Taking Responsibility

Stories of Transformation

Of late, I have been gleaning great insights from a book called, Lessons in Leadership, by Jonathan Sacks, the former chief rabbi of Great Britain and the Commonwealth. He begins his book by saying, “If leadership is the solution, what is the problem? On this, the Torah (the Jewish name for the first five books of the Old Testament) could not be more specific. It is a failure of responsibility.” 

So how did Rabbi Sacks come to this conclusion? He draws three dimensions of responsibility failure from the stories of Adam and Eve, Cain and Abel, and Noah.

Adam and Eve represent a failure of personal responsibility. In Genesis 3:9-12 when the Lord confronted them over their sin, Adam blames Eve, and then Eve turns around and blames the serpent. Both in effect were saying, “It wasn’t my fault.”

In Genesis 4:8-10, when God asked Cain about his brother Abel, Cain does not deny personal responsibility for his actions. Instead, his infamous response, “Am I my brother’s keeper?” is a failure of moral responsibility. He is not shifting blame; he is saying it does not matter.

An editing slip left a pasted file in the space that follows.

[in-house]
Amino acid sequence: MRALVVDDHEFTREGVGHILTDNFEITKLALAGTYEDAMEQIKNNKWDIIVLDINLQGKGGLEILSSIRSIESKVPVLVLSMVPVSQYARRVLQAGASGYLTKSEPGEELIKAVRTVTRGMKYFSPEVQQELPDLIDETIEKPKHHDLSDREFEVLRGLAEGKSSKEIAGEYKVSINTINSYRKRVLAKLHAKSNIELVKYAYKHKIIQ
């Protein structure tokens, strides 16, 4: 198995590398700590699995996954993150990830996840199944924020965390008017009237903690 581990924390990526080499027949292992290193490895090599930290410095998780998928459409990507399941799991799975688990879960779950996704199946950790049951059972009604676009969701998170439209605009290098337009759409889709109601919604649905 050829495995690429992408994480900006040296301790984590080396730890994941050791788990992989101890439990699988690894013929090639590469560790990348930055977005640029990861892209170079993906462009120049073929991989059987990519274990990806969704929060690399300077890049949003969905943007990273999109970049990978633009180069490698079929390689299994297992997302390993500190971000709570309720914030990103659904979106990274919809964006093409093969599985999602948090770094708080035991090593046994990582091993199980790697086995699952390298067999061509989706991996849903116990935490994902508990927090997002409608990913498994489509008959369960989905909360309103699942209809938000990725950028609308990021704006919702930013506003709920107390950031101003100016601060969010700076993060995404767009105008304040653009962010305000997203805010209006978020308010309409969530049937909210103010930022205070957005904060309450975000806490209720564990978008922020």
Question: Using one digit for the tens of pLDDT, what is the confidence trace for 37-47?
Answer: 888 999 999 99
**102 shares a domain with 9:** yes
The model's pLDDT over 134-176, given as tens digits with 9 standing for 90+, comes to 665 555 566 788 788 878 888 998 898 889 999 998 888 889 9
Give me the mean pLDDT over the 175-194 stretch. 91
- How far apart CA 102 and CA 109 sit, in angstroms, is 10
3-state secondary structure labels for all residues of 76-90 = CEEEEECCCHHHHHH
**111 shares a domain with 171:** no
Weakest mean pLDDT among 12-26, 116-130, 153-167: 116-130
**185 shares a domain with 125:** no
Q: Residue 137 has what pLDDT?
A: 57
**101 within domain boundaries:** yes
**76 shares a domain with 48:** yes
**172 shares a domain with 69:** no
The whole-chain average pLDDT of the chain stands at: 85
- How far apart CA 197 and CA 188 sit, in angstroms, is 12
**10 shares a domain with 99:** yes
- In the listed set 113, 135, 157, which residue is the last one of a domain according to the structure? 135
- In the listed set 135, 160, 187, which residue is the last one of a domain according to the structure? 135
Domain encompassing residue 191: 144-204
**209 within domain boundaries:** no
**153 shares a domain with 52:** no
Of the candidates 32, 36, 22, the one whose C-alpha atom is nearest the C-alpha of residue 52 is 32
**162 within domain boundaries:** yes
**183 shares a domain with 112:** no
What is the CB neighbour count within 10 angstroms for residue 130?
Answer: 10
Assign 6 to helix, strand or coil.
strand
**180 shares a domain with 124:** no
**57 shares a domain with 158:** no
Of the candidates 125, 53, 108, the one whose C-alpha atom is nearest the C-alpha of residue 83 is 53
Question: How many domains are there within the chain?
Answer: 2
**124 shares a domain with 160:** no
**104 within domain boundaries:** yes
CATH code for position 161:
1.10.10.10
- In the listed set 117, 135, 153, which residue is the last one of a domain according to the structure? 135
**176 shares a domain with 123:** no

Then in stark contrast to the sin of Adam, Eve, and Cain, we have Noah, A righteous man, perfect in his generation (Genesis 6:9). So where is the failure here? I was shocked by the author’s conclusion: “Noah was a good man in a bad age. But his influence on the life of his contemporaries was, apparently, non-existent. That is implicit in God’s statement, “You alone have I found righteous in this whole generation” (Genesis 7:1). He goes on to say Noah failed the test of collective responsibility, because none around him, including his family, could be called righteous.

Then it hit me. This is at the very heart of our message – obey God, and get others to do the same. The Word of God calls us to be:
•    Personally pure (“You shall be holy” 1 Peter1:16)
•    Noticeably different (“You are the light of the world” Matthew 5:14)
•    Impactfully engaged (“Love your neighbor as yourself” Mark 12:31)

But, we are also commanded to “make disciples” (Matthew 28:19-20). To be right with God and a light in a dark place is great, but it is not enough. Every follower of Jesus must take responsibility to bring the Kingdom of God into his or her circle of influence. Because the only way to complete the Great Commission is to have ordinary people multiply disciples in their natural networks.